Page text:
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Straight From the Jar

P1040057Walking through the orchard to feed the pigs, I stop under an apple-heavy tree to gather drops. Even as I fill the bucket, I hear the thump of more apples hitting the ground, like a clock ticking down the minutes until winter. The pigs are happy for the apples, they eat they voraciously, one bite and an apple is gone. I will bring them more this afternoon.

Later, I halter Pip at the height of the knoll overlooking the house, the barn, the old church steeple. The air is thick with humidity. I wish it would break to rain. We need the rain. Pip’s calf lingers nearby, watching as I take my share. I watch him back, then turn my gaze to the steeple. Milk fills the pail.

Still later, a shower. It is only passing, but the sky remains dark, the air still heavy. Maybe there will be more. The milk is cooling in the fridge. Later, I’ll drink it straight from the jar.

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Things in General

Sunday morning. The cats wake me earlier than usual, and for a moment I’m unsure if it’s night or day, but slowly my eyes adjust and I can see faint evidence of daylight’s impending arrival. The days are notably shorter now, and if I count the number of weeks until probable frost, it does not add up to very many. It has been a good summer so far, a proper one, hot and dry and full. I allow myself a few extra minutes in bed, the cats pacing, daylight advancing, listening for the mountain stream, the distant water-on-stone murmur I love so much. But it’s gone, low and quiet again in the absence of recent rain.
Later, after chores and breakfast and the assembling of the tools necessary to the day’s primary task, I run my usual out-and-back route. I run for 30 minutes and am passed by one tractor and one truck, and see one black bear. My iPod settles on Iggy Pop’s The Passenger, and I am reminded of a story I wrote a dozen or more years ago for Runner’s World about an ultrarunner named Dean Karnazes and his attempt to win a 135-mile race across Death Valley. To report the piece, I assisted on Dean’s race crew, and I remember pacing him through the night almost 100 miles in, me on a bicycle, Dean running doggedly, and that song on repeat blaring through the open windows of his support vehicle. Every so often, he’d stop to puke or piss or shit, then shake himself off and start running again. He won the race, though it didn’t stop me from wondering why people sometimes do the things they do.
My family is gone for a while, and I’m glad for the solitude, so rare in my life. Though of course at times it tips into loneliness. But even that’s ok. Besides, I have the animals – the cats and the cows and the clucking hens – and I have more tasks before me than I’m likely ever to finish, or at least that’s what it feels like. I have friends just down the road; last night we sat outside by a fire until late, solving the world’s problems until fatigue compelled us to part (besides, there were no more problems to solve, we’d fixed them all!), and I drove the mile home up the gravel road, windows down to the soft night air, feeling pretty good about things in general.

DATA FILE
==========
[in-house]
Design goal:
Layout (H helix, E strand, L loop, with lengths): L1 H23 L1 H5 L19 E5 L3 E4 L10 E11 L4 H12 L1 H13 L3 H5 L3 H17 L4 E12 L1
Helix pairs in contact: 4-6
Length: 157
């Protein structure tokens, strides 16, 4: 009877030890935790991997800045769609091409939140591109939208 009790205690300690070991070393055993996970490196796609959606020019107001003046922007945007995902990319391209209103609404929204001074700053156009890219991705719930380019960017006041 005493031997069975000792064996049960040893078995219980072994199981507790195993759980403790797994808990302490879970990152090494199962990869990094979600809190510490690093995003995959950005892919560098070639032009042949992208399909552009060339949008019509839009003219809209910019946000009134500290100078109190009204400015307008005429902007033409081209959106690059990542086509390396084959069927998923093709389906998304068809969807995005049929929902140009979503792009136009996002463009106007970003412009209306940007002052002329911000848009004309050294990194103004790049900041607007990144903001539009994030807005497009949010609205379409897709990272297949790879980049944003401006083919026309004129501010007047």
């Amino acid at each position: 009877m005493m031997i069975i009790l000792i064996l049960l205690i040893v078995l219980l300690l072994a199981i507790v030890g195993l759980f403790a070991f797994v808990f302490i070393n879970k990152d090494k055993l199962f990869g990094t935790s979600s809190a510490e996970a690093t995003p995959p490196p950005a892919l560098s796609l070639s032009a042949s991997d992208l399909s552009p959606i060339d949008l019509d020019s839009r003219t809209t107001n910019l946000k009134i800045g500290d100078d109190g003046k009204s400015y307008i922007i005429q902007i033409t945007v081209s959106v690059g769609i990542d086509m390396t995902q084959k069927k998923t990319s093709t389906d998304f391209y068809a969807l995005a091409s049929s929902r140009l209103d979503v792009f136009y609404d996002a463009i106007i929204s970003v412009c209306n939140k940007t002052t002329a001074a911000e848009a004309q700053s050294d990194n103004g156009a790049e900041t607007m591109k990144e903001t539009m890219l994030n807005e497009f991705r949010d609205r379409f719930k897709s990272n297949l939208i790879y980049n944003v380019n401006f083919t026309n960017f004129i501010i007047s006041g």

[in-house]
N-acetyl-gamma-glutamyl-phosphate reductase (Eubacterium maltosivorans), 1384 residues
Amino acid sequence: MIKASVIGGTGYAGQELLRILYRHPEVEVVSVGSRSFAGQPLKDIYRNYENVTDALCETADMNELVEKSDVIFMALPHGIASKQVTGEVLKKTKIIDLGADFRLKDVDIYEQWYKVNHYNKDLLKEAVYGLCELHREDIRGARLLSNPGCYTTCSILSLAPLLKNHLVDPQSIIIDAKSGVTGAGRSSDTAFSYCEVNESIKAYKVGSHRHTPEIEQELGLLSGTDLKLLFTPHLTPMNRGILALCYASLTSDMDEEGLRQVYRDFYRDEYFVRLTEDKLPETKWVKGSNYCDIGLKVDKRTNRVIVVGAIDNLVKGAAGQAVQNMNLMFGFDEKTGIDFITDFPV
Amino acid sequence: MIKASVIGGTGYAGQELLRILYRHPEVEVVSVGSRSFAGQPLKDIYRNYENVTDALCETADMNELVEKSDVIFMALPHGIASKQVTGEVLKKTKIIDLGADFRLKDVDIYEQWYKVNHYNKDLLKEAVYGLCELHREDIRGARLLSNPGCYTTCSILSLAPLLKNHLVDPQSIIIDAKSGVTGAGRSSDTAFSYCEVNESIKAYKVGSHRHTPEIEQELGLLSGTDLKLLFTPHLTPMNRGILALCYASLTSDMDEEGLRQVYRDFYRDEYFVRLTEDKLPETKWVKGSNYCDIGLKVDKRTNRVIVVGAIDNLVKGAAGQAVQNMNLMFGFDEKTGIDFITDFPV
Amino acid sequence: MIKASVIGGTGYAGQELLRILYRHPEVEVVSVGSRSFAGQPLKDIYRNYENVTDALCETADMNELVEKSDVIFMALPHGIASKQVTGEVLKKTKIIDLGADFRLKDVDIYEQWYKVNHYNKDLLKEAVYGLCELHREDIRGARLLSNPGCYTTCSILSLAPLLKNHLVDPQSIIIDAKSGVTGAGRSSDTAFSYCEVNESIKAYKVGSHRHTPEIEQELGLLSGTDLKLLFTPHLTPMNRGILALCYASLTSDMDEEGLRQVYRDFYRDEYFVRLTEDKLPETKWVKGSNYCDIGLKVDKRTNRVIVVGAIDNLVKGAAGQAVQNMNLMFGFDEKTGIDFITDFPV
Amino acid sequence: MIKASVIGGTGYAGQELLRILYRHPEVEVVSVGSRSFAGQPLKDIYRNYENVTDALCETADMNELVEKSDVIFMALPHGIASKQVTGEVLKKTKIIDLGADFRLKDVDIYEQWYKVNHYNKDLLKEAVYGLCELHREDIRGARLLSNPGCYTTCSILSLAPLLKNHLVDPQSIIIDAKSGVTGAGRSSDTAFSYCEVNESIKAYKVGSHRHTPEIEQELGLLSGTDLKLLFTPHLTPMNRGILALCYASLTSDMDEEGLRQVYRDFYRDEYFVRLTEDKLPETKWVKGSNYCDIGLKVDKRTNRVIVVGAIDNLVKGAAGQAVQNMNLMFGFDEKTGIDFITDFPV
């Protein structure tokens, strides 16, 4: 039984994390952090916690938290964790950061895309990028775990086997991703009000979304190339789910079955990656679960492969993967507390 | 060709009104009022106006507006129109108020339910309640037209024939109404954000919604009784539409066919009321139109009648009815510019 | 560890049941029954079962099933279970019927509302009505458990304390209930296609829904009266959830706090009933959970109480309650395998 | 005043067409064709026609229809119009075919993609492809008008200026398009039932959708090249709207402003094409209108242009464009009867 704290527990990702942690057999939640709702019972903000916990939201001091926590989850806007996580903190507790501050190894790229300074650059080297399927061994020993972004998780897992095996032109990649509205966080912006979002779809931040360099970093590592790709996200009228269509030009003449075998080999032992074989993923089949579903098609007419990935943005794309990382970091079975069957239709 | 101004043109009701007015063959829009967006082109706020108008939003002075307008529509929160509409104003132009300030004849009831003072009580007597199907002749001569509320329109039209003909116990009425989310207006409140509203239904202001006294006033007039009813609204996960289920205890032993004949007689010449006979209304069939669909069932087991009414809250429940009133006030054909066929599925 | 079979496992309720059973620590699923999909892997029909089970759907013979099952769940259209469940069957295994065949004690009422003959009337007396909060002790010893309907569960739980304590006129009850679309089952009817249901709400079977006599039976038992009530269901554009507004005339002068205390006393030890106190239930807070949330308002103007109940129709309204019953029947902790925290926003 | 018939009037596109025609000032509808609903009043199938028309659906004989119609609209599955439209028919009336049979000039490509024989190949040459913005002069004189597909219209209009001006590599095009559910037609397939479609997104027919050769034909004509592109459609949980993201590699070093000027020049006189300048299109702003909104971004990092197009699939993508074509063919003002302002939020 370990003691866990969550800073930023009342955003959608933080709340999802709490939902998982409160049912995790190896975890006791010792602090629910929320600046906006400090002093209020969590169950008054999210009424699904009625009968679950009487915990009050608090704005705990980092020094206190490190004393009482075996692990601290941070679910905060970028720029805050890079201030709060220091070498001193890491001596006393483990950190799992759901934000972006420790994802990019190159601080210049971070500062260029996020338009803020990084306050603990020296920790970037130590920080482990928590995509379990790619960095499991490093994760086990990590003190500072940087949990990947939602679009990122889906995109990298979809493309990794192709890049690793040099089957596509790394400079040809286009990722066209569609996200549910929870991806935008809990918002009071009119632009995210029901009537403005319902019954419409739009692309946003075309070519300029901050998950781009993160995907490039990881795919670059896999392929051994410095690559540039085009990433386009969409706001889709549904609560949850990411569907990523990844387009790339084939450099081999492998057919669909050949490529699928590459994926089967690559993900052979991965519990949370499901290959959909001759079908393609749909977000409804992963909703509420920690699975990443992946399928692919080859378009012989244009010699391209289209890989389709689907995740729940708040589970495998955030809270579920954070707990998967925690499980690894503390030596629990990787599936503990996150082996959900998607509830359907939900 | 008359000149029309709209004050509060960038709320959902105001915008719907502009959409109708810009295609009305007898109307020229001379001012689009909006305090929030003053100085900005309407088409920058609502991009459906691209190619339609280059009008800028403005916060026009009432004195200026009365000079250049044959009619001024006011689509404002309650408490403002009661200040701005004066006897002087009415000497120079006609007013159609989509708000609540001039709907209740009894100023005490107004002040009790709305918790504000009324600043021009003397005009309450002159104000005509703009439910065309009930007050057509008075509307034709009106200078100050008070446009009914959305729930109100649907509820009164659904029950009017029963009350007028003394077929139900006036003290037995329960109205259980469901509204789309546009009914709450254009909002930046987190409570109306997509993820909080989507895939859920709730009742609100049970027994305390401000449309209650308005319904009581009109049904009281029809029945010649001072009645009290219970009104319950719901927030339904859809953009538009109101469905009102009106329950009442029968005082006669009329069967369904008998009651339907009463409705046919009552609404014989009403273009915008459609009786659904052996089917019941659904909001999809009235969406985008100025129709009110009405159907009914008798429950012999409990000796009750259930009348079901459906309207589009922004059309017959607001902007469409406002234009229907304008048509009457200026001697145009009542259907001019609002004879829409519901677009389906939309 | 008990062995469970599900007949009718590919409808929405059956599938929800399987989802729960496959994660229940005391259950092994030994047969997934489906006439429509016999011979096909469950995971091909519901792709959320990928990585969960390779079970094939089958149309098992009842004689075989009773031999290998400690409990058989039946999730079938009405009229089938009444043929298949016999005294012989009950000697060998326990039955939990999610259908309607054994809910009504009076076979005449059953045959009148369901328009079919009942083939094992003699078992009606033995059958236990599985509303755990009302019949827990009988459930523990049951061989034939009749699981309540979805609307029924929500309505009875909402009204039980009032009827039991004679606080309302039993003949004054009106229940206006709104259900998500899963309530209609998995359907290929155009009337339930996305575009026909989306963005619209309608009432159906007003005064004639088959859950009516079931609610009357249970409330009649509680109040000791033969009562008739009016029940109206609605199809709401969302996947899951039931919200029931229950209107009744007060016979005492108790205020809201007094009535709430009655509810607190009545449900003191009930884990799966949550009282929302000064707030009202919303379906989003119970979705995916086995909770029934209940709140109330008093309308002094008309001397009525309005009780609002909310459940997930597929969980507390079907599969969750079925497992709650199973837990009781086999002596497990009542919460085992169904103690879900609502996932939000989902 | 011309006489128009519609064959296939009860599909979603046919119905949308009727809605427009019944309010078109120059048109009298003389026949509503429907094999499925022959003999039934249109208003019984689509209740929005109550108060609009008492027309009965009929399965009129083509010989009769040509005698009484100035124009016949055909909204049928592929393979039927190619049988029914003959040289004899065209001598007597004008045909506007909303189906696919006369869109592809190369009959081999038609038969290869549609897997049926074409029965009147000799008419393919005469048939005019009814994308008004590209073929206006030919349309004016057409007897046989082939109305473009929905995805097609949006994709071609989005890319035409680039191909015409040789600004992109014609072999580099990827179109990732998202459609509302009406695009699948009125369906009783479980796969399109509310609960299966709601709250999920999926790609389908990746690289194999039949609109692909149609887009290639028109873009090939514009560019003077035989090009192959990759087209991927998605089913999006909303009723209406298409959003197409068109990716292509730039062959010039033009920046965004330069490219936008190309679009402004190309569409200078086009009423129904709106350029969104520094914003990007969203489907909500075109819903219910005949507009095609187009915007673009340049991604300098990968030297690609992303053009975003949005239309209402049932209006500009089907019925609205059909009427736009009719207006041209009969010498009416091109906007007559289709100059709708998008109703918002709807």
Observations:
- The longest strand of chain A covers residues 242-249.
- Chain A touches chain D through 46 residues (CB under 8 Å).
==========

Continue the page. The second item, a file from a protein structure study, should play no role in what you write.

A few things to share:

This amazing interview with Robin Wall Kimmerer

Here’s the piece I wrote about Dean Karnazes

A beautiful essay by Donald Hall about solitude and loneliness

Oh, and Iggy Pop’s excellent song The Passenger 

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I Bet They’re Drinking it Even Now

I stopped to get gas, watched from whirring pump as two boys emerged from the store, early teens, bikes leaned against the bench outside. One set down the plastic bag he carried – two liters of Mountain Dew, I’m pretty sure – and removed his flip flops (“no shoes, no service”), then mounted his bike and pedaled away. The other, sneaker-clad, followed. I filled the car, paid, pulled back on Main St, and rolled past the paving crew, laying down a fresh course of asphalt. The man on the roller was large, he rode it sideways, he had something clamped between his lips. Not a cigarette. One of those little cigars, Swisher Sweets, I bet. The new asphalt smelled hot to me, like summer.

I went home, tired from killing chickens, really, really tired, and hot as the smell of new pavement, sweating sitting still. I shed my clothes, dove into the pond, the water warm on top, but progressively cooler as I knifed deeper and deeper until my chest connected with the soft bottom-mud. I tried to stay but my buoyancy dragged me back to the surface and I breathed deep of the soft summer air.

But the boys on their bikes, the one barefoot, the bag of soda. I bet they’re drinking it even now.

 

 

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Too Far Down the Road